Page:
What does radiation mean?

Definitions for radiation
ˌreɪ diˈeɪ ʃənra·di·a·tion

Here are all the possible meanings and translations of the word radiation.

Princeton's WordNet

  1. radiationnoun

    energy that is radiated or transmitted in the form of rays or waves or particles

  2. radiationnoun

    the act of spreading outward from a central source

  3. radiation sickness, radiation syndrome, radiationnoun

    syndrome resulting from exposure to ionizing radiation (e.g., exposure to radioactive chemicals or to nuclear explosions); low doses cause diarrhea and nausea and vomiting and sometimes loss of hair; greater exposure can cause sterility and cataracts and some forms of cancer and other diseases; severe exposure can cause death within hours

    "he was suffering from radiation"

  4. radiation, radioactivitynoun

    the spontaneous emission of a stream of particles or electromagnetic rays in nuclear decay

  5. radiationnoun

    the spread of a group of organisms into new habitats

  6. radiationnoun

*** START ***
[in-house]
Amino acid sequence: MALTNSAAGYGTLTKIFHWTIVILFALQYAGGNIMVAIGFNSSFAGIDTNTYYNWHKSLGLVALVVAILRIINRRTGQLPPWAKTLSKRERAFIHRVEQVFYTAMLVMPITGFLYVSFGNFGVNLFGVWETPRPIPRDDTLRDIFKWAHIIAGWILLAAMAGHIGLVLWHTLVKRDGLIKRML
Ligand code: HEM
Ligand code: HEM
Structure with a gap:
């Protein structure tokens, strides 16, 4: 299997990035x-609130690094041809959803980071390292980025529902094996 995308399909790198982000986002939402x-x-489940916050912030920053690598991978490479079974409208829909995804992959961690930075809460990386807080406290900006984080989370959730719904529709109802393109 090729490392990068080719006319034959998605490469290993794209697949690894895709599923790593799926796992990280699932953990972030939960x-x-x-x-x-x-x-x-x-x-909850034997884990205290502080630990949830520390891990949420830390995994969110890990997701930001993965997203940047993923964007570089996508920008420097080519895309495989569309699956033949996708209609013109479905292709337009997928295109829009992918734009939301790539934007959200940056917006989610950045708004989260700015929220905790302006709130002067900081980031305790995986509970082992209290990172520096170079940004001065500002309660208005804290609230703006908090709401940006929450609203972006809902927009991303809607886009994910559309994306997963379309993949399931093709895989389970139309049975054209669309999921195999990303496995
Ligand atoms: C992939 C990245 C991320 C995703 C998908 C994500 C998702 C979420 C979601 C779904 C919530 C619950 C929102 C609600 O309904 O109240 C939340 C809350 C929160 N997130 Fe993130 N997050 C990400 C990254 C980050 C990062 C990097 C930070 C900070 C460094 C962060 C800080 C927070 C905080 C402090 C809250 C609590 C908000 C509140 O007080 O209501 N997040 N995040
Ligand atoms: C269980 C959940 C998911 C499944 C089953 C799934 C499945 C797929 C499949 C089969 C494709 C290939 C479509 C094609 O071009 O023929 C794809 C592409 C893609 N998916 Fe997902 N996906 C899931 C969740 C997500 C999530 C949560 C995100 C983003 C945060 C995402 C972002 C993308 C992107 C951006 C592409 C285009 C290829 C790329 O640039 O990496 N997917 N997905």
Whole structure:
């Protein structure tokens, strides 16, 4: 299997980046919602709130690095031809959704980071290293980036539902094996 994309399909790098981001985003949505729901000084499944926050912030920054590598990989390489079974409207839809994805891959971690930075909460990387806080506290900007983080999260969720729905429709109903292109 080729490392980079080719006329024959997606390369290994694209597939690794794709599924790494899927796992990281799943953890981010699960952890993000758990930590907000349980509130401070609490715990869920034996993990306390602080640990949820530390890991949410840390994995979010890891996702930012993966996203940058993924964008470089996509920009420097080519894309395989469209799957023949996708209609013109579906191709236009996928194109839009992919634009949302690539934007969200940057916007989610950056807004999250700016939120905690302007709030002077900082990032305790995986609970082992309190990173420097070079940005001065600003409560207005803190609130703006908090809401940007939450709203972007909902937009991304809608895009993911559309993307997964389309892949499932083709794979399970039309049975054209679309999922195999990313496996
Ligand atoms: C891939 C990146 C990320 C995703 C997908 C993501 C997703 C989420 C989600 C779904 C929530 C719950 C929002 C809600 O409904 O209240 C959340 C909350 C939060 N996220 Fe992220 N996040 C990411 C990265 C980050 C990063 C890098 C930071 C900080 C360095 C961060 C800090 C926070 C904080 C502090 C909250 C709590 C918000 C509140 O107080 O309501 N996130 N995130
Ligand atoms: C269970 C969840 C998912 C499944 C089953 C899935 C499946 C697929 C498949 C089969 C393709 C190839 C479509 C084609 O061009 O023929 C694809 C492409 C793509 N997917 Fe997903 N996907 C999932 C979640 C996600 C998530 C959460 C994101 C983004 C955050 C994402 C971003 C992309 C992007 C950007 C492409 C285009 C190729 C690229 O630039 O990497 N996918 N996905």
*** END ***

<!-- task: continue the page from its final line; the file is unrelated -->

a radial arrangement of nerve fibers connecting different parts of the brain

  7. radiotherapy, radiation therapy, radiation, actinotherapy, irradiationnoun

    (medicine) the treatment of disease (especially cancer) by exposure to a radioactive substance

Wiktionary

  1. radiationnoun

    The shooting forth of anything from a point or surface, like the diverging rays of light; as, the radiation of heat.

    Etymology: From radiatio.

  2. radiationnoun

    The process of radiating waves or particles.

    Etymology: From radiatio.

  3. radiationnoun

    The transfer of energy via radiation (as opposed to convection or conduction)

    Etymology: From radiatio.